Did you know Warren Buffett uses options to grow his wealth?

Options are a powerful tool that can significantly boost your investment portfolio. Many investors overlook options, missing out on their potential to enhance wealth and manage risk.

Here are 3 key explanations you need to know to kickstart your learning journey on trading options.

1. What are Stock Options

Stock options are contracts. Having a contract allows you to decide whether to buy or sell a stock at a set price by a specified date. You can but you don't have to.

The technical explanation goes like this: you own the right to buy or sell a stock but not the obligation to do it.

You’re not buying a share of the company. You’re buying the right to trade its shares.

Think of it like you paid $1 for a coupon for the right to purchase a pen at $3 by the end of this week. The pen could be selling for $3 or $5 in the market right now. Why would you want to buy an option contract to do that?

There are essentially two kinds of option contracts – call and put options.

2. Call Options

Buying a call option is like betting a stock price will go up. You pay a small fee for the right (but not the obligation) to buy that stock at your chosen price on or before the expiry of the contract. If the stock goes up, you can buy it cheap and sell it for more.

Using the same coupon example, you’d be paying $1 to purchase the right – the coupon – to buy the pen at $3. The coupon will expire by the end of the week. If the price of the pen goes up to $10 tomorrow, you’d still be able to buy your pen at $3 with the coupon, or you can choose not to buy it.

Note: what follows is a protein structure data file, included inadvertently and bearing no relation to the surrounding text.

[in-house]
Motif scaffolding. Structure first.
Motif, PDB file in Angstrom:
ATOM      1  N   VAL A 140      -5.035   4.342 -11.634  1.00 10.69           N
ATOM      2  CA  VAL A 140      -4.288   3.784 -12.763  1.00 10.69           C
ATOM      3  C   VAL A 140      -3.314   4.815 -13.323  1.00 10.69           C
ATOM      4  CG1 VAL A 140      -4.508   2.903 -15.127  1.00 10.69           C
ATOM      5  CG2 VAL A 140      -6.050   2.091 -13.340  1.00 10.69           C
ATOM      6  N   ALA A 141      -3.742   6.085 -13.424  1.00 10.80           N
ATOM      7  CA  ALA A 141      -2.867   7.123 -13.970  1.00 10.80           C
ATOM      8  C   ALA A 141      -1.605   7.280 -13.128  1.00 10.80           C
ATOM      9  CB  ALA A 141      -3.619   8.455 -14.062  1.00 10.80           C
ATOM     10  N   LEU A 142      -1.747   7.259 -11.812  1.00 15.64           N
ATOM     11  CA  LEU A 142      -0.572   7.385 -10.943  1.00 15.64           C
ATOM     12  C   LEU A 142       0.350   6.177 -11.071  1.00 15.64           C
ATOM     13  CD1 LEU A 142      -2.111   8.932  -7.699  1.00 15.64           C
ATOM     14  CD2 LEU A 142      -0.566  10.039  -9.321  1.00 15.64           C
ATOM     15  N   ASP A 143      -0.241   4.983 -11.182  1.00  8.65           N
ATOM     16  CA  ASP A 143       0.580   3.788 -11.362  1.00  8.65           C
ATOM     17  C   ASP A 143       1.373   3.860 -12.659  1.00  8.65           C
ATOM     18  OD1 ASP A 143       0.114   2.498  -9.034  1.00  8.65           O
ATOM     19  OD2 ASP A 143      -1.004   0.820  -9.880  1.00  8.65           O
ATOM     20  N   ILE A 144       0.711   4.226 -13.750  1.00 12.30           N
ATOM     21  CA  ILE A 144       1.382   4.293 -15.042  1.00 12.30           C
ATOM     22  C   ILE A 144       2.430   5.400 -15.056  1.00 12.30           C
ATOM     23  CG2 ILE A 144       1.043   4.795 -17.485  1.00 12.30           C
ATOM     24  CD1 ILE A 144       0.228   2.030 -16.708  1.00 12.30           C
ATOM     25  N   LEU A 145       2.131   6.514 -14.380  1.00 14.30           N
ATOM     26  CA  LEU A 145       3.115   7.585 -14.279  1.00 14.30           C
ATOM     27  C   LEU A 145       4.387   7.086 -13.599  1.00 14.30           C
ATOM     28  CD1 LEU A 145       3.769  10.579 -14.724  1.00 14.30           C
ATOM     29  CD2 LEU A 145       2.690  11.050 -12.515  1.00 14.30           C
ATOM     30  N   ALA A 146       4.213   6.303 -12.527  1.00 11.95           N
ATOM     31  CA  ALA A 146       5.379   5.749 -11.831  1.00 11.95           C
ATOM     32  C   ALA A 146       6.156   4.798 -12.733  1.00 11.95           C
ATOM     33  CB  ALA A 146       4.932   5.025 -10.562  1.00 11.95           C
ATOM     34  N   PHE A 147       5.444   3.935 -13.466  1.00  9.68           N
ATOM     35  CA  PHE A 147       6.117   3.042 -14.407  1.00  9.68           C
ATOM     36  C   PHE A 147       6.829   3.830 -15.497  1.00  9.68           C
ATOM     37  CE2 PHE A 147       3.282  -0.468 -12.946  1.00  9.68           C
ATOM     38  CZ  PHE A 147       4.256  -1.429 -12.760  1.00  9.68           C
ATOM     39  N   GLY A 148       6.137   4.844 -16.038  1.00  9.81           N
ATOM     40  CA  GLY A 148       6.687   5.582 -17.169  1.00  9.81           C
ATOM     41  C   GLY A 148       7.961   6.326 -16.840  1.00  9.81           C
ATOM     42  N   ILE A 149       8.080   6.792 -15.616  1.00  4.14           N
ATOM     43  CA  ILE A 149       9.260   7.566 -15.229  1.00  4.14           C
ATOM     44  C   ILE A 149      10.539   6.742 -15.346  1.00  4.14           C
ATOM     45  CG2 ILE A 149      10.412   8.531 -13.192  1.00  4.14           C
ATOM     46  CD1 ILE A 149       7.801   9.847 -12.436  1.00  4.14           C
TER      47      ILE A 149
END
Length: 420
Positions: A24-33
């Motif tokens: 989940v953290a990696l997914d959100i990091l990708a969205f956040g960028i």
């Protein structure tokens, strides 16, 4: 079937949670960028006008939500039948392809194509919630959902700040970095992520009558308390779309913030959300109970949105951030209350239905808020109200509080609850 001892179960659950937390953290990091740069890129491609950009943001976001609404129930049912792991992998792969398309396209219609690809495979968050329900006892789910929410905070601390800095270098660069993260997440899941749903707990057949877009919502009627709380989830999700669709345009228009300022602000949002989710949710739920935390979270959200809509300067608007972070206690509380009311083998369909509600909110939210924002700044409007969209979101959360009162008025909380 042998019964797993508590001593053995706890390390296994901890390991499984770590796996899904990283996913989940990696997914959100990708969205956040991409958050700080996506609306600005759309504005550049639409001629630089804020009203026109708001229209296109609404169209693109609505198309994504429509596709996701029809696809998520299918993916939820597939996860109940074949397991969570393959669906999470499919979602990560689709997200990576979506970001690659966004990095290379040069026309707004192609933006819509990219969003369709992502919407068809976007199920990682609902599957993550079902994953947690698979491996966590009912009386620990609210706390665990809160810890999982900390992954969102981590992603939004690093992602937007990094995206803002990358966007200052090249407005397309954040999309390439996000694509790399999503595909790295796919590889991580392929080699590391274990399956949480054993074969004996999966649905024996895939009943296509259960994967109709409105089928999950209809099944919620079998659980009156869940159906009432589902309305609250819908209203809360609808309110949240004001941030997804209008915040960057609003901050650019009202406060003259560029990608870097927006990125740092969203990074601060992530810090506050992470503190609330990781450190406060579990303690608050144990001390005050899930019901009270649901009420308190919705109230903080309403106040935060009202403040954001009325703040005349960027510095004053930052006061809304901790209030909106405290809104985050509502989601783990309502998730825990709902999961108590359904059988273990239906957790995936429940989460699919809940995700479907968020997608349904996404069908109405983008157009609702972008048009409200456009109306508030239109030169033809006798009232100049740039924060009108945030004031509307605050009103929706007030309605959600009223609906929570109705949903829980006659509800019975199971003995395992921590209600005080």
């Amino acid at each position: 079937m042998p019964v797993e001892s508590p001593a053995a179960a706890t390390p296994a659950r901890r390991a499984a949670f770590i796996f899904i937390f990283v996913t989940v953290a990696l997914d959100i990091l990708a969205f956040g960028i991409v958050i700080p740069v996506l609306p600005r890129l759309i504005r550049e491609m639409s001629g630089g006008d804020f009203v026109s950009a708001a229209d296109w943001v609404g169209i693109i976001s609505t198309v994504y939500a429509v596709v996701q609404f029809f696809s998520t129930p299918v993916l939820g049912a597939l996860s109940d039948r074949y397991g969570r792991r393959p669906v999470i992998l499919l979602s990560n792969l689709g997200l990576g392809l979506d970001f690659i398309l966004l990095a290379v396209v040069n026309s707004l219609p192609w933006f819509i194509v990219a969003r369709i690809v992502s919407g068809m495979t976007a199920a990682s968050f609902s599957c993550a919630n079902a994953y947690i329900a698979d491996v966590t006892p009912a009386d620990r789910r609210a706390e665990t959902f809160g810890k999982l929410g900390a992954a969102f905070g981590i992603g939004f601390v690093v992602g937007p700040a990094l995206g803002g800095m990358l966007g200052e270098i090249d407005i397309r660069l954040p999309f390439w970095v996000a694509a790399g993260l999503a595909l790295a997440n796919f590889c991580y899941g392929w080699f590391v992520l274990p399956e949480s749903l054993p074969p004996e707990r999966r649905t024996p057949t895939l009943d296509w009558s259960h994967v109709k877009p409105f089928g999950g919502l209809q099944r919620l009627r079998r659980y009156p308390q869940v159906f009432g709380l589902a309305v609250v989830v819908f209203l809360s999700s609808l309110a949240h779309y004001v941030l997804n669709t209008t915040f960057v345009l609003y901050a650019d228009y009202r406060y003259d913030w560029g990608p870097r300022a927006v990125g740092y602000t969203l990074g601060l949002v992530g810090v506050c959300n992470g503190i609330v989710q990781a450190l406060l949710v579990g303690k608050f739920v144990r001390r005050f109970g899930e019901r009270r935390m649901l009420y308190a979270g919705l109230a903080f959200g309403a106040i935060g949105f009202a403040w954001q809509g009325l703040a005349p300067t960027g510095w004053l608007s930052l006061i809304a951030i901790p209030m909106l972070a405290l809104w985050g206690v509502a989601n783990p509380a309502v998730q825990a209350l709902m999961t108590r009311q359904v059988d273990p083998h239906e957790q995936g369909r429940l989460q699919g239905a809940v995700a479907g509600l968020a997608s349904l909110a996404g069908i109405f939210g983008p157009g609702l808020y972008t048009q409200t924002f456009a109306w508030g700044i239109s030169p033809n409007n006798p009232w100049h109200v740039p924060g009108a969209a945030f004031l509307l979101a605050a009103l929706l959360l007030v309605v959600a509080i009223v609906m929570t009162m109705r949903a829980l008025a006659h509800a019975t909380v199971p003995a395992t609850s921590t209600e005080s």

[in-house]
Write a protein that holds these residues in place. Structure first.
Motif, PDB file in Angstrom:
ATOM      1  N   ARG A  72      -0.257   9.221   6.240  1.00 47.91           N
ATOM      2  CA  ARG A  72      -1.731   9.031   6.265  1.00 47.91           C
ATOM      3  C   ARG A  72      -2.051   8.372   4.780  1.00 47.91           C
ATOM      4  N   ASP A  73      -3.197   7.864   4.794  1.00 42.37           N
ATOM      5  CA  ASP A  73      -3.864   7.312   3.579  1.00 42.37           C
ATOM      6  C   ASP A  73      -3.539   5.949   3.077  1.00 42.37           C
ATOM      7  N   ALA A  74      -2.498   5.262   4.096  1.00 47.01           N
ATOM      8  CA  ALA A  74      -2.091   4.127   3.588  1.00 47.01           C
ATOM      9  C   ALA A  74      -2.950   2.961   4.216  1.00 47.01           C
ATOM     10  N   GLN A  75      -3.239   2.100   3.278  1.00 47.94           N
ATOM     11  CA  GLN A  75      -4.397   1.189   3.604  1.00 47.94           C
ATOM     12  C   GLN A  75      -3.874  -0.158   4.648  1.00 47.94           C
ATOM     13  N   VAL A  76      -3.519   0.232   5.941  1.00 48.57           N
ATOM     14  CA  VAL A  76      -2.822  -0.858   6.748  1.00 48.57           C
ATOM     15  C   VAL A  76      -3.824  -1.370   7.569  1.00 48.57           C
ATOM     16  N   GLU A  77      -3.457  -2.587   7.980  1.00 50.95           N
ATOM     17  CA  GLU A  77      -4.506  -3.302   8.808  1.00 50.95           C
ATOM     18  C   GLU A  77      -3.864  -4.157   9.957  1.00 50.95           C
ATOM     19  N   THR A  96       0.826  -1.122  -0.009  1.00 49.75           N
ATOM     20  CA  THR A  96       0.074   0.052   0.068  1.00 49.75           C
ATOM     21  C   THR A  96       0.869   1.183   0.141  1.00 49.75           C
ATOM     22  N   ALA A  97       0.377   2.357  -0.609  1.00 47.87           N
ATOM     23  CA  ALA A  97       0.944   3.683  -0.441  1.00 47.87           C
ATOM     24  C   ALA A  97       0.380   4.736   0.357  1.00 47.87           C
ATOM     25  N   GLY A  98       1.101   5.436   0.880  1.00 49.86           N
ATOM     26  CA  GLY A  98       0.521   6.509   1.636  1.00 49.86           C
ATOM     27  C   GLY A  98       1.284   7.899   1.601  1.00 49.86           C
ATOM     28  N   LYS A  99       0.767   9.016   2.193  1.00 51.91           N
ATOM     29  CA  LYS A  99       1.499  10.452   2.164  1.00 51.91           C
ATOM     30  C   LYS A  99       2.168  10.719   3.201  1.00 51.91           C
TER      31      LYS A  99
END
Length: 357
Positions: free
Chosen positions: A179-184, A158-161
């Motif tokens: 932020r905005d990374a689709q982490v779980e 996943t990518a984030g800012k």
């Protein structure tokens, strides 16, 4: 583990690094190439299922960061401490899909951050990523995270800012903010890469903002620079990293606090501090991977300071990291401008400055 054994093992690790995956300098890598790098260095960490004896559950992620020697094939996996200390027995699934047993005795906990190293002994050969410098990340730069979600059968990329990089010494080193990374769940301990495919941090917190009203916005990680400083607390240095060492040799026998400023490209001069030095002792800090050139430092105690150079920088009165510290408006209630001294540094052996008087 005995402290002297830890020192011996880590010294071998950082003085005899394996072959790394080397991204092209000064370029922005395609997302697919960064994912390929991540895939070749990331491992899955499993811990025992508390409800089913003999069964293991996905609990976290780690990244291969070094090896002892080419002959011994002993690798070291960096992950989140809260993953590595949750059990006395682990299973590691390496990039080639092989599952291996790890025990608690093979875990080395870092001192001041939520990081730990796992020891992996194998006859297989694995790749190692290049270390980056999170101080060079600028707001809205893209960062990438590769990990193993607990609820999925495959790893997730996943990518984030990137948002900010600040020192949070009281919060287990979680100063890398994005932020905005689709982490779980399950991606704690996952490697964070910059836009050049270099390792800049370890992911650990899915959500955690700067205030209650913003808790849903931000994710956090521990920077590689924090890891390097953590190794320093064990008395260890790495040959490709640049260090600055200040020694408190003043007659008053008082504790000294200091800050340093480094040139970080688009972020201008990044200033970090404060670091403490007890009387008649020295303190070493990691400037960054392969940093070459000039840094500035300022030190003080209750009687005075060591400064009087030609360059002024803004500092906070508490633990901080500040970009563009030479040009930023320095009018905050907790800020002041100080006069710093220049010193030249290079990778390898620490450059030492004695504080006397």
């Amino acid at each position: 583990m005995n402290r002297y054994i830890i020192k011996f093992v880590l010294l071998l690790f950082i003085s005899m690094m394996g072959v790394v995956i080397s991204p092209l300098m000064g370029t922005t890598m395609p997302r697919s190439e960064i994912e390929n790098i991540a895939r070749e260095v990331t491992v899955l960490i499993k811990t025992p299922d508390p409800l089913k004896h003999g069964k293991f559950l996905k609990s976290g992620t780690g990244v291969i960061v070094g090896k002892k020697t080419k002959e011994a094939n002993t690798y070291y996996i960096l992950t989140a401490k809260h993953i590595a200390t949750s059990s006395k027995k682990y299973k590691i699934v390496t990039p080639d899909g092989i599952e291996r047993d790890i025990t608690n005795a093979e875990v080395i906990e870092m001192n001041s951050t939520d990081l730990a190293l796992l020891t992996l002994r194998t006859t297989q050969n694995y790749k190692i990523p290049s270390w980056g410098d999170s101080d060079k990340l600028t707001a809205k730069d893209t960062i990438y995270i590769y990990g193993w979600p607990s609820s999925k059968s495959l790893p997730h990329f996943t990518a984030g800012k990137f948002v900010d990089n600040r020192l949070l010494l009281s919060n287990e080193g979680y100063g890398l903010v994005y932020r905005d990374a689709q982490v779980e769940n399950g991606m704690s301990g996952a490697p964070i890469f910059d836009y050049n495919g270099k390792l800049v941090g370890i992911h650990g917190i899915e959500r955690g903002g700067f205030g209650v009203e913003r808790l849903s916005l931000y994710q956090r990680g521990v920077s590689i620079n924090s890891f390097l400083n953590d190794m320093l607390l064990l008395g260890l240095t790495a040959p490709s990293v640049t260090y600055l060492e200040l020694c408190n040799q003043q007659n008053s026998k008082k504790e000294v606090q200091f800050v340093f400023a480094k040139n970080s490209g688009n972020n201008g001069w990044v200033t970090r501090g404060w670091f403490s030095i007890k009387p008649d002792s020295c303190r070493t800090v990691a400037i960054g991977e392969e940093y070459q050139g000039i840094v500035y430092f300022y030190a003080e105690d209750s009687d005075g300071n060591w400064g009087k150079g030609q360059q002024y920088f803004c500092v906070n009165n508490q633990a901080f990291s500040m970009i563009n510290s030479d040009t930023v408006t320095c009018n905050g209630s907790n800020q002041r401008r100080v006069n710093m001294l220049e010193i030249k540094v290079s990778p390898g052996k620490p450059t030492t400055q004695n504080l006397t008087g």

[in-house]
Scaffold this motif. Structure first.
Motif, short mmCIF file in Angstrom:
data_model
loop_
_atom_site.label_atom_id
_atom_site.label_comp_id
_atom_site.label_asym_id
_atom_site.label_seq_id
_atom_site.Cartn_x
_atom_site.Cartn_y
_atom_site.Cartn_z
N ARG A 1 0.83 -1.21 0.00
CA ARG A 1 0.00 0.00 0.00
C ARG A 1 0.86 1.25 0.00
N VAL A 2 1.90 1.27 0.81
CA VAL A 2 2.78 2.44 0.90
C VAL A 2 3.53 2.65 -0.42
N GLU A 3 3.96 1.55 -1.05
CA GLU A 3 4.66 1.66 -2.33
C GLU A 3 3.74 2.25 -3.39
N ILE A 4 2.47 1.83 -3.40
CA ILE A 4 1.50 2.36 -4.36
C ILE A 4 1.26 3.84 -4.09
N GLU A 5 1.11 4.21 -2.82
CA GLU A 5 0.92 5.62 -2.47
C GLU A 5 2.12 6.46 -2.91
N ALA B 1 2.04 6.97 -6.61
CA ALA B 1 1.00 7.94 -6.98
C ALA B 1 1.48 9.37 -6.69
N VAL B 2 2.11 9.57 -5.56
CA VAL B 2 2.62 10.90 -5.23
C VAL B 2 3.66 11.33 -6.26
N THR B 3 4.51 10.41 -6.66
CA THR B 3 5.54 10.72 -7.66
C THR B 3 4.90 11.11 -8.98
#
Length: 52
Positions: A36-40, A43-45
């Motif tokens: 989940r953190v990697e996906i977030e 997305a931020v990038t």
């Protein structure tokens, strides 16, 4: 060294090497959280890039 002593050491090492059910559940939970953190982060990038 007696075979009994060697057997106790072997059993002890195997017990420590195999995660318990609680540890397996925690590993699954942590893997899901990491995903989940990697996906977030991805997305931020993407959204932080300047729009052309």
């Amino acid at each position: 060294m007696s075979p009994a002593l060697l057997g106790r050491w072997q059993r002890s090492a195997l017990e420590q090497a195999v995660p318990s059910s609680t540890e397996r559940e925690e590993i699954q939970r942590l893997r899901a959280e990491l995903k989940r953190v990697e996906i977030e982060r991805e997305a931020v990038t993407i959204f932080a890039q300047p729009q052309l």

And if you do buy your pen at $3, you get to sell that same pen in the market for $10. Profiting a grand total of $6 ($10 current market price – $3 your cost price – $1 fee you paid to buy the coupon) in this entire process.

3. Put Options

The opposite side of a call option is a put option. Buying a put option is like betting a stock price will go down. It gives you the right to sell a stock at a defined price before the option contract expires.

Now let’s say you own some of those pens at $10 each. If you anticipate that the price will decline soon, you buy a put option to sell your pens at $10 (the right to sell) before the expiry date.

If the price of pens do drop, your put option allows you to sell your pens at $10, saving you the loss you would have incurred if not for the put option. This can protect your portfolio from market downturns acting as a form of insurance.

There are many other ways to trade options. We’ll explore more of these later in another article.

Learning stock options can open new avenues for investment and risk management. By understanding the basics, you can make informed decisions, avoid the pitfalls and potentially enhance your financial returns.